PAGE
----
The Cypriot government is working hard to kick-start the country's economy and encourage investment on the island with a number of major development initiatives that are now being fast-tracked.
The government has been taking steps to incentivise investors across a range of sectors by introducing measures such as cutting the amount of time required to get planning permission. This has now been reduced to a maximum of one month for small projects and three months for larger ones.
Building coefficients – the permitted ground area for construction – have also been increased. The building coefficient for large commercial developments in residential areas is up by 30%; large commercial or office developments on the outskirts of residential areas by 25%; and large properties in certain tourist zones by 20%. And the amount of land available for golf courses will increase by 10% to 15%.
One of the major headline-grabbing announcements is the green light the government has given to the casino industry to operate an integrated casino resort on the island. According to insiders, this should deliver substantial revenues from gaming and ancillary activities including meetings, incentives, conferences and exhibitions. In addition, this could attract a number of auxiliary services, including theme parks, restaurants, shops and shopping centres, and could pull in investment worth between €600m and €800m.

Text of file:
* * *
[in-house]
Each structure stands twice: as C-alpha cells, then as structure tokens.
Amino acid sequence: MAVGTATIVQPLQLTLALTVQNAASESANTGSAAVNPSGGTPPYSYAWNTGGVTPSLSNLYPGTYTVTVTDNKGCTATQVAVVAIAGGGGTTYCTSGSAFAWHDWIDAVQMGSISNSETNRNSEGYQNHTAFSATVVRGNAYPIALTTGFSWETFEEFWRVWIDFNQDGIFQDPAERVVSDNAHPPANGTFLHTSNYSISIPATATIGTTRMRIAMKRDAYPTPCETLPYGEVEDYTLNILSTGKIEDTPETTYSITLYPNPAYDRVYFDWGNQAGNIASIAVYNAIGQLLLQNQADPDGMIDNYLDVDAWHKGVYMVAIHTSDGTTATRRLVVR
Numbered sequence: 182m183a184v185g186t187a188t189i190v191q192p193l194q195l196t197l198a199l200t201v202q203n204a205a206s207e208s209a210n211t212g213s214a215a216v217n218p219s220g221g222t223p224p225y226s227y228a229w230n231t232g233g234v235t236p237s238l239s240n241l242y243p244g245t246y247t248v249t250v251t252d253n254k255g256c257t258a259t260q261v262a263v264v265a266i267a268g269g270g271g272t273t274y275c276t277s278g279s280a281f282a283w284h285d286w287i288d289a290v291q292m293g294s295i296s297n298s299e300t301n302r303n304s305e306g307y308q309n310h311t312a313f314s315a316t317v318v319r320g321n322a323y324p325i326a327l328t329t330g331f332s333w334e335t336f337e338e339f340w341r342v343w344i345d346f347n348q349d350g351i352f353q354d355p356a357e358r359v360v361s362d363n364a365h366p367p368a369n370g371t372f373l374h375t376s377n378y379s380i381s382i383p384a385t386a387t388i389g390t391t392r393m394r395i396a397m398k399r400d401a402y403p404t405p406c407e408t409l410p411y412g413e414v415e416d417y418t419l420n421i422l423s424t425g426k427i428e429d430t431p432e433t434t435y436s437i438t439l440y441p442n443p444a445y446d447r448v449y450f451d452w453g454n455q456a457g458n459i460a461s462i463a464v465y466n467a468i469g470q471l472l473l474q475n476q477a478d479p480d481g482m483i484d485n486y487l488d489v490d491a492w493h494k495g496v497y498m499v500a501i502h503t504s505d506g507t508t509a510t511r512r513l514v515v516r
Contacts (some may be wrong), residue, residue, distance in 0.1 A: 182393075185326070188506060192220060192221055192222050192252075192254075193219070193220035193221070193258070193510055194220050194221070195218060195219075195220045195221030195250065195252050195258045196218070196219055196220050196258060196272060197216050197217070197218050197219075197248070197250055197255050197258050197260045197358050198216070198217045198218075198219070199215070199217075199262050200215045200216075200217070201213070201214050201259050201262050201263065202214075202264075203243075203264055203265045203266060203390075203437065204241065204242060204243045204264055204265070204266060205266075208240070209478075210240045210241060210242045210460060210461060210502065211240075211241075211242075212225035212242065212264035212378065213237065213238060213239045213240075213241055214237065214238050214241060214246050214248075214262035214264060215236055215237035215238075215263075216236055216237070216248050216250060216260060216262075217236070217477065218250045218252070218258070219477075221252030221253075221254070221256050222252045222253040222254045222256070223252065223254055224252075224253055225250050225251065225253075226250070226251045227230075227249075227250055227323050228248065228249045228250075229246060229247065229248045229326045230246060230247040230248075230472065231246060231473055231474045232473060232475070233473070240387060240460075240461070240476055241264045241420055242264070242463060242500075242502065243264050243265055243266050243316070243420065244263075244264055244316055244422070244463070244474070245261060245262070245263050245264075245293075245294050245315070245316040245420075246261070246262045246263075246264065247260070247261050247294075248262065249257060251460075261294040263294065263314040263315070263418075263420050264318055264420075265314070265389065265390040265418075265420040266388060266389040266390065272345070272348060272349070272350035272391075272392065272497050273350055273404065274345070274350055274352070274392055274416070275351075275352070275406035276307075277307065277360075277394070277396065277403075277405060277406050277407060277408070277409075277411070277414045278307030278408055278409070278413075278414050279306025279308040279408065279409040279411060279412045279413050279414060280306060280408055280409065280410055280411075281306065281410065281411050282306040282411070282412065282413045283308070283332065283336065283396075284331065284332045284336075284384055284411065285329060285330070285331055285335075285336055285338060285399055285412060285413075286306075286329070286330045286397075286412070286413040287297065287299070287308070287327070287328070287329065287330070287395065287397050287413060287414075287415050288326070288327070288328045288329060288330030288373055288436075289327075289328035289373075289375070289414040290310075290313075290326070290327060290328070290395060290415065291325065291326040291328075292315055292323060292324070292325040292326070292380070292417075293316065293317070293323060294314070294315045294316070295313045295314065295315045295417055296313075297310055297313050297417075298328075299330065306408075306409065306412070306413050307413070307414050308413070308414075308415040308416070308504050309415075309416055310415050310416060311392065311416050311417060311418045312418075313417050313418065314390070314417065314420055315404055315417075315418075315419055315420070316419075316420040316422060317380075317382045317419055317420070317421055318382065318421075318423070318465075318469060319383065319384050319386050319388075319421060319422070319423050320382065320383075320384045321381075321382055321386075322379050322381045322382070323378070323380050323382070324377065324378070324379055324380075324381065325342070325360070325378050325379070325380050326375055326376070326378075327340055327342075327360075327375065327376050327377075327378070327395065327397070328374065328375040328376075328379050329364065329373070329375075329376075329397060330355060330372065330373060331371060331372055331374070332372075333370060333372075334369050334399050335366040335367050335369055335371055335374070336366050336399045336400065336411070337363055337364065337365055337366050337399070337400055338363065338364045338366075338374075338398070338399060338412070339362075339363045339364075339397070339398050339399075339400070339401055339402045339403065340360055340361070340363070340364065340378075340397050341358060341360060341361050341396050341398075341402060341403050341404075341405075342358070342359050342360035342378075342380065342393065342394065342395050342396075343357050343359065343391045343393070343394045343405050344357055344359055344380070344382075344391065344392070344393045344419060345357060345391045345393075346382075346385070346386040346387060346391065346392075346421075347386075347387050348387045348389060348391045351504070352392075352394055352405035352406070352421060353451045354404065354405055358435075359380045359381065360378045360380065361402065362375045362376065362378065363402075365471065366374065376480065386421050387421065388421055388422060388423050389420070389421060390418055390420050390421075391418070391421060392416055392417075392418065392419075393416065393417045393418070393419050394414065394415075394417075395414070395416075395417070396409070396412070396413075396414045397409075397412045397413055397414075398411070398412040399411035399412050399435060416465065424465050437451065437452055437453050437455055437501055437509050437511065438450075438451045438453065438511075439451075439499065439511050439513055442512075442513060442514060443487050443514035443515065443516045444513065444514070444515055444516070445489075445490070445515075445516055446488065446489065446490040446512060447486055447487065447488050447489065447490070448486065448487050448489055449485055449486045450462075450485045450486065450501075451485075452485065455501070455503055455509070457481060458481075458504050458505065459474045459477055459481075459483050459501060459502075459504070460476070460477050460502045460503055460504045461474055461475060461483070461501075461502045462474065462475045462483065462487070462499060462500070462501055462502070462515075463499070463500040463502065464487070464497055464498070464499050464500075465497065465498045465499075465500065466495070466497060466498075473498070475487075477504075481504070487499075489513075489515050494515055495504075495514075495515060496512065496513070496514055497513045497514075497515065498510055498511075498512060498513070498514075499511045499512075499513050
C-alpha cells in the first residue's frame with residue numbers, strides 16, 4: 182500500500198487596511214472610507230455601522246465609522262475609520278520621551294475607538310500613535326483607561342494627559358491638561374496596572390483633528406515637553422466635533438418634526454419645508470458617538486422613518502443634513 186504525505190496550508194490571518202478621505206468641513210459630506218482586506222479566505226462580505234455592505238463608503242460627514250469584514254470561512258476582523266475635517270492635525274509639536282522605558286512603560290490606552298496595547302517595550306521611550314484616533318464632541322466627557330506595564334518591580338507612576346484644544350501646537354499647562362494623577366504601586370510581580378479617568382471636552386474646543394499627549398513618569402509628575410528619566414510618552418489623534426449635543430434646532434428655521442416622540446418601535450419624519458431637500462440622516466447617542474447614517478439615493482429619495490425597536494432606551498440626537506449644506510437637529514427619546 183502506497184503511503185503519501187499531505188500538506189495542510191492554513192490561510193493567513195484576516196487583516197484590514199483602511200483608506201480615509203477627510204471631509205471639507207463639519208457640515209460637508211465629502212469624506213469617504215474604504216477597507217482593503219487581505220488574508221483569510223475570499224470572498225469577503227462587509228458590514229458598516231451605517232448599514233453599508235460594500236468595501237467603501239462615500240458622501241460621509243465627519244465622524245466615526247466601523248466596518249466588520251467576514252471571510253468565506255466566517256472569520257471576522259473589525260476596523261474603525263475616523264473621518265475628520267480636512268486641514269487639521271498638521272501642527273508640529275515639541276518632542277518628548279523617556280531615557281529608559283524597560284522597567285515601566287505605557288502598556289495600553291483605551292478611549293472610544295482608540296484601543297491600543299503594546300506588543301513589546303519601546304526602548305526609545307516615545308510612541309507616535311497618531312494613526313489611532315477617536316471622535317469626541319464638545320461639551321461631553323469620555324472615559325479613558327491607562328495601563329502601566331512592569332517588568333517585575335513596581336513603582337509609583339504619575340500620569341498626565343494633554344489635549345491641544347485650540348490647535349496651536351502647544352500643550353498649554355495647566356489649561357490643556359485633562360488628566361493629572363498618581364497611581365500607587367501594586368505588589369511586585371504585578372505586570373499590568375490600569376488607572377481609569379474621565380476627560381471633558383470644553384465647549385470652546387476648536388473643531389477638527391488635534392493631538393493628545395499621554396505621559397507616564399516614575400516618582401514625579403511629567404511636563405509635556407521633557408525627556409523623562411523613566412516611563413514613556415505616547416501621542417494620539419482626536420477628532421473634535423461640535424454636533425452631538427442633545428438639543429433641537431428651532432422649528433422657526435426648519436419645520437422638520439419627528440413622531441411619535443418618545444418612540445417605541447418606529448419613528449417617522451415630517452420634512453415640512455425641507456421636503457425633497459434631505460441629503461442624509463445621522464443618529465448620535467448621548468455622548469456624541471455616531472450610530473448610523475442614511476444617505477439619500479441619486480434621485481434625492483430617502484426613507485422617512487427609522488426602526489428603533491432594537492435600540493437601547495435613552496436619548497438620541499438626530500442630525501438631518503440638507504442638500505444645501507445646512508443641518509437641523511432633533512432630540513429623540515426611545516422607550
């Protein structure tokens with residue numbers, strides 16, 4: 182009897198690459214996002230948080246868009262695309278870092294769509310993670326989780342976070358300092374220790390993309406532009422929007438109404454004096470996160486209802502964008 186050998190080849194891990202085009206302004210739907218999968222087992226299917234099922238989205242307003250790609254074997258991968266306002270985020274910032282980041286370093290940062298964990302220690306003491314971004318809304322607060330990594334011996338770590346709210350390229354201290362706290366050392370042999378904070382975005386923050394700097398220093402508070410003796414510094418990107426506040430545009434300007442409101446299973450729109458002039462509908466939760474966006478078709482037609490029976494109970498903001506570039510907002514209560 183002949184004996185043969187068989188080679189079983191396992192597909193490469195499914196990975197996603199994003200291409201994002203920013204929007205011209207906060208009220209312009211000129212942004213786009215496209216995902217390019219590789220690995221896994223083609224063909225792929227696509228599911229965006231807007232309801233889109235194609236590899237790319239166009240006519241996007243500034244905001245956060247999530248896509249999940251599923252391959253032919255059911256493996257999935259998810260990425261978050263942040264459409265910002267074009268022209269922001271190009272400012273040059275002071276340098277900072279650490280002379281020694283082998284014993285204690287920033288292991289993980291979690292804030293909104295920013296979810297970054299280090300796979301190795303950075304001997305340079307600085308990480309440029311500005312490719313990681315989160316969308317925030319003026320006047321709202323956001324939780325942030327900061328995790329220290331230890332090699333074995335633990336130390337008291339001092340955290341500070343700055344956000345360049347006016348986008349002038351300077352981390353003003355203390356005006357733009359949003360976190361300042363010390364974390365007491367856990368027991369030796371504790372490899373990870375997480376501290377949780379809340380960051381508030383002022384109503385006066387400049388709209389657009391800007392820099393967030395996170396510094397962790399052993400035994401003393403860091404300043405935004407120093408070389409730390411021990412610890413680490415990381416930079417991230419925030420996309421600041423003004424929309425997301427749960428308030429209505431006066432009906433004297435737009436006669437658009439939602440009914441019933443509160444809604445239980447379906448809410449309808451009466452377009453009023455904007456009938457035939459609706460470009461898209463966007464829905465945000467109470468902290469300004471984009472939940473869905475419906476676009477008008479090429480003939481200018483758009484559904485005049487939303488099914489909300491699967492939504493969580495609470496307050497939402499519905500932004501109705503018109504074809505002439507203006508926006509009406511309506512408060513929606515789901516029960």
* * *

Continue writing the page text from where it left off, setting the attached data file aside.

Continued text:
“We’ll grant one licence to enable the investor to grow big and provide top-class entertainment,” says Yiorgos Lakkotrypis, Cyprus's minister of energy, commerce, industry and tourism.
“Currently, the government is in the process of selecting a consulting firm to advise it and to take it from now to the end of 2014 when the licence for the new resort project will be issued,” says Christis M Christoforou, chief executive of Deloitte Cyprus consultancy. “There’s lots of legislation to be drafted; the gaming commission has to be set up and processes need to be initiated, including [requests for proposals]. The consultancy will start work on January 1, 2014 and the plan is for the first licence to be issued within 12 months.”
There are also plans to promote the establishment of a new large science and technology park. This high-impact project will host research centres, business incubators, spin-off innovative enterprises and other local and international knowledge-based companies.
The government has big plans for the development of premium land next to the existing Hilton Hotel in the centre of Nicosia and has already issued requests for proposals. The pocket of land is suitable for a variety of mixed-use developments including hotels, residential buildings, shops, office space, schools and cultural facilities.
Progress is also being made with plans to repurpose former terminals at Larnaca and Paphos International Airports, which are currently disused. The government and airport operator Hermes Airports have made a request for proposals for the project, which has a December 2013 deadline for submissions. It gives developers the chance to repurpose and develop the terminals, which include buildings and land, at both airports. They should be able to capitalise on the strategic location of the sites by developing high-quality schemes that complement airport activities. According to the tender documents, any development should be sustainable, maximise the dwelling yield of the land and capitalise on the sites’ major features.
Hermes will lease the land to the successful bidder for a concession period up until 2031. The government will then enter into a separate land leasing agreement for up to 99 years.